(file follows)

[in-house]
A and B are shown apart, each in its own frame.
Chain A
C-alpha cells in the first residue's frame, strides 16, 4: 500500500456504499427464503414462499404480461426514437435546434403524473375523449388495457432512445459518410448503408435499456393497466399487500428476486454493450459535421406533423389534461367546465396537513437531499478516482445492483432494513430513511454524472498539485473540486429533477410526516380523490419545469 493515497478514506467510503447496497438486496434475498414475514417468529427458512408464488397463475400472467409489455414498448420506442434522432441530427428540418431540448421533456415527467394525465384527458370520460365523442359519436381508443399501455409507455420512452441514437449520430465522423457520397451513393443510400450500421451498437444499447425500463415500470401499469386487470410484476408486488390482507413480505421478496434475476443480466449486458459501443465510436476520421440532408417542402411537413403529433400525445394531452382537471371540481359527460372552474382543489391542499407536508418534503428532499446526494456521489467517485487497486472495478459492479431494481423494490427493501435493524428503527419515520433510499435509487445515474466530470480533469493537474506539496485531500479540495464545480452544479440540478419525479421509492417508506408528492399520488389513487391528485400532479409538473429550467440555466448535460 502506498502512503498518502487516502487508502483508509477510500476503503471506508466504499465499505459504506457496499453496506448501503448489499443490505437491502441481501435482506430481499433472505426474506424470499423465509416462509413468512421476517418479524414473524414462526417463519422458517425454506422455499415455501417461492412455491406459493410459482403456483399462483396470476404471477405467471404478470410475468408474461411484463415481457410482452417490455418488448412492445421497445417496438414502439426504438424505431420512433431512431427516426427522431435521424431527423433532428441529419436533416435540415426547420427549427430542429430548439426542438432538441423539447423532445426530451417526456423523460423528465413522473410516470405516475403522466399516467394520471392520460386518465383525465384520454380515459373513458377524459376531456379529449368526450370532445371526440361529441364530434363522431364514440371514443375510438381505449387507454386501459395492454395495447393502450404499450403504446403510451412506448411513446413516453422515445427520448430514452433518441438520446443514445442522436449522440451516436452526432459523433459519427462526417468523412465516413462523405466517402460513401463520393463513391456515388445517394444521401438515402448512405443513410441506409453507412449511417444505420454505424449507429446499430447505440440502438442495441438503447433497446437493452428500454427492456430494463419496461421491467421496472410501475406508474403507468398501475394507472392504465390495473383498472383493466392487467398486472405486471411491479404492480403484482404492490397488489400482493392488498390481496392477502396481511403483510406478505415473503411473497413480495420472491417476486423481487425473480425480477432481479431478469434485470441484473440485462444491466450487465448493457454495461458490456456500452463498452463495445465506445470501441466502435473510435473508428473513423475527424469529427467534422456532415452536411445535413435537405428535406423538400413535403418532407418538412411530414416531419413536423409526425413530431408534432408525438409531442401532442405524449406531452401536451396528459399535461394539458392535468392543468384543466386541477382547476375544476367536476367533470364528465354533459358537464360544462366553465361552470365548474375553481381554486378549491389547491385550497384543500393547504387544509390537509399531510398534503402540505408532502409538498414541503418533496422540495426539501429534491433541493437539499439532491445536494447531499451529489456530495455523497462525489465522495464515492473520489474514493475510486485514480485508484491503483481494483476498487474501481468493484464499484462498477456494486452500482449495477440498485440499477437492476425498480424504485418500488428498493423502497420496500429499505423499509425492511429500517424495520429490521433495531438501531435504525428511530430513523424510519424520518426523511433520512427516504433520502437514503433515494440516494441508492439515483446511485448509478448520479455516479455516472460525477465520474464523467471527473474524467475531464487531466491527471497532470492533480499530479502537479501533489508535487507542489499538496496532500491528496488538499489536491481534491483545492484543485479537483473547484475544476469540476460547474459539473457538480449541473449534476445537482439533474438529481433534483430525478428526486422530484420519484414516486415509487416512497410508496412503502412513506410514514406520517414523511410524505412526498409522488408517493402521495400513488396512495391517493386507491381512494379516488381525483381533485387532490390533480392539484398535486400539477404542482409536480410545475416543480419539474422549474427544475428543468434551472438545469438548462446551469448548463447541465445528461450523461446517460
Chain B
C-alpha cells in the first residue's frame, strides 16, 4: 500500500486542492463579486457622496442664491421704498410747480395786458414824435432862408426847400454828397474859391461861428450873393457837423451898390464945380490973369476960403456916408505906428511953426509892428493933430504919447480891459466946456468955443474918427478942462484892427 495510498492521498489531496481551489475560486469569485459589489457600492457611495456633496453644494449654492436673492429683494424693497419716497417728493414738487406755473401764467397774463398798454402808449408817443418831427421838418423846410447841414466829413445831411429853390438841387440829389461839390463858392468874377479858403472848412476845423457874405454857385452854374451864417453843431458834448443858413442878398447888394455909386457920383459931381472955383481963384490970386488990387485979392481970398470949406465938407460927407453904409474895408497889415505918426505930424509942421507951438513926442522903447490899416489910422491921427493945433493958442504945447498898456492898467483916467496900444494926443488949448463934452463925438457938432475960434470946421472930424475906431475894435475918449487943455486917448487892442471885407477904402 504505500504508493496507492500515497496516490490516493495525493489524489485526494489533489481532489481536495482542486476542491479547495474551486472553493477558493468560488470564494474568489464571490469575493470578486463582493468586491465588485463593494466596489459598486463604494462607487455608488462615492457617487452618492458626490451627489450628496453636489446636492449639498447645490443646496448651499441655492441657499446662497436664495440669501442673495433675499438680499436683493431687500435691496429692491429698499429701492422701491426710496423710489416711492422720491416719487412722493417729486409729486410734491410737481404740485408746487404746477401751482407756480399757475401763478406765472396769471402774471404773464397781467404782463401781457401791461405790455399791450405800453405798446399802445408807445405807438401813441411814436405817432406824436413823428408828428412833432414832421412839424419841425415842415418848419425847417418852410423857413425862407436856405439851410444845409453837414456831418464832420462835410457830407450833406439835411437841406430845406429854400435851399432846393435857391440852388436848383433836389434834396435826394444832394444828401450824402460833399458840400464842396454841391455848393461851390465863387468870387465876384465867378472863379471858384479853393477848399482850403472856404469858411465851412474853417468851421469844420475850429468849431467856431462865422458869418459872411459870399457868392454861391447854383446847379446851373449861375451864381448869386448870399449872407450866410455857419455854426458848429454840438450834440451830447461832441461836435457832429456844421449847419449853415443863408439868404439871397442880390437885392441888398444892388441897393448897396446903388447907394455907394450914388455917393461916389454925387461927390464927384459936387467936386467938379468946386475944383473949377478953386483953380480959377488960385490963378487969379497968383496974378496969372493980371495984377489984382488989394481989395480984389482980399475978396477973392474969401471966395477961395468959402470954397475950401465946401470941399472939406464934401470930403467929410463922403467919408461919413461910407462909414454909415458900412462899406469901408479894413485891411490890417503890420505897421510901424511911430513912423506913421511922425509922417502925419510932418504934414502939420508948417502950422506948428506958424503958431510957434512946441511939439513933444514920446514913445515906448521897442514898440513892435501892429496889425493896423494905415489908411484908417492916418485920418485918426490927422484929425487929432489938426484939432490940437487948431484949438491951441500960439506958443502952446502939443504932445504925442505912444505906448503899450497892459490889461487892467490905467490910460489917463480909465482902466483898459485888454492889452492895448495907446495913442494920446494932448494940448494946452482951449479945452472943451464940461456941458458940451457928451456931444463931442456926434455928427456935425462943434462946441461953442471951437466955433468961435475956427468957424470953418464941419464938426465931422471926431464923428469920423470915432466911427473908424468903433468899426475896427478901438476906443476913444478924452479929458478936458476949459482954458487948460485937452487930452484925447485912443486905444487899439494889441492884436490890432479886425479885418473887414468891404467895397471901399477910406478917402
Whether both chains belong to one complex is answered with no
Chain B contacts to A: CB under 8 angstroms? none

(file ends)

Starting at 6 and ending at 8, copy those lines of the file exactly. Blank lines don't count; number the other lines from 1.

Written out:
C-alpha cells in the first residue's frame, strides 16, 4: 500500500486542492463579486457622496442664491421704498410747480395786458414824435432862408426847400454828397474859391461861428450873393457837423451898390464945380490973369476960403456916408505906428511953426509892428493933430504919447480891459466946456468955443474918427478942462484892427 495510498492521498489531496481551489475560486469569485459589489457600492457611495456633496453644494449654492436673492429683494424693497419716497417728493414738487406755473401764467397774463398798454402808449408817443418831427421838418423846410447841414466829413445831411429853390438841387440829389461839390463858392468874377479858403472848412476845423457874405454857385452854374451864417453843431458834448443858413442878398447888394455909386457920383459931381472955383481963384490970386488990387485979392481970398470949406465938407460927407453904409474895408497889415505918426505930424509942421507951438513926442522903447490899416489910422491921427493945433493958442504945447498898456492898467483916467496900444494926443488949448463934452463925438457938432475960434470946421472930424475906431475894435475918449487943455486917448487892442471885407477904402 504505500504508493496507492500515497496516490490516493495525493489524489485526494489533489481532489481536495482542486476542491479547495474551486472553493477558493468560488470564494474568489464571490469575493470578486463582493468586491465588485463593494466596489459598486463604494462607487455608488462615492457617487452618492458626490451627489450628496453636489446636492449639498447645490443646496448651499441655492441657499446662497436664495440669501442673495433675499438680499436683493431687500435691496429692491429698499429701492422701491426710496423710489416711492422720491416719487412722493417729486409729486410734491410737481404740485408746487404746477401751482407756480399757475401763478406765472396769471402774471404773464397781467404782463401781457401791461405790455399791450405800453405798446399802445408807445405807438401813441411814436405817432406824436413823428408828428412833432414832421412839424419841425415842415418848419425847417418852410423857413425862407436856405439851410444845409453837414456831418464832420462835410457830407450833406439835411437841406430845406429854400435851399432846393435857391440852388436848383433836389434834396435826394444832394444828401450824402460833399458840400464842396454841391455848393461851390465863387468870387465876384465867378472863379471858384479853393477848399482850403472856404469858411465851412474853417468851421469844420475850429468849431467856431462865422458869418459872411459870399457868392454861391447854383446847379446851373449861375451864381448869386448870399449872407450866410455857419455854426458848429454840438450834440451830447461832441461836435457832429456844421449847419449853415443863408439868404439871397442880390437885392441888398444892388441897393448897396446903388447907394455907394450914388455917393461916389454925387461927390464927384459936387467936386467938379468946386475944383473949377478953386483953380480959377488960385490963378487969379497968383496974378496969372493980371495984377489984382488989394481989395480984389482980399475978396477973392474969401471966395477961395468959402470954397475950401465946401470941399472939406464934401470930403467929410463922403467919408461919413461910407462909414454909415458900412462899406469901408479894413485891411490890417503890420505897421510901424511911430513912423506913421511922425509922417502925419510932418504934414502939420508948417502950422506948428506958424503958431510957434512946441511939439513933444514920446514913445515906448521897442514898440513892435501892429496889425493896423494905415489908411484908417492916418485920418485918426490927422484929425487929432489938426484939432490940437487948431484949438491951441500960439506958443502952446502939443504932445504925442505912444505906448503899450497892459490889461487892467490905467490910460489917463480909465482902466483898459485888454492889452492895448495907446495913442494920446494932448494940448494946452482951449479945452472943451464940461456941458458940451457928451456931444463931442456926434455928427456935425462943434462946441461953442471951437466955433468961435475956427468957424470953418464941419464938426465931422471926431464923428469920423470915432466911427473908424468903433468899426475896427478901438476906443476913444478924452479929458478936458476949459482954458487948460485937452487930452484925447485912443486905444487899439494889441492884436490890432479886425479885418473887414468891404467895397471901399477910406478917402
Whether both chains belong to one complex is answered with no
Chain B contacts to A: CB under 8 angstroms? none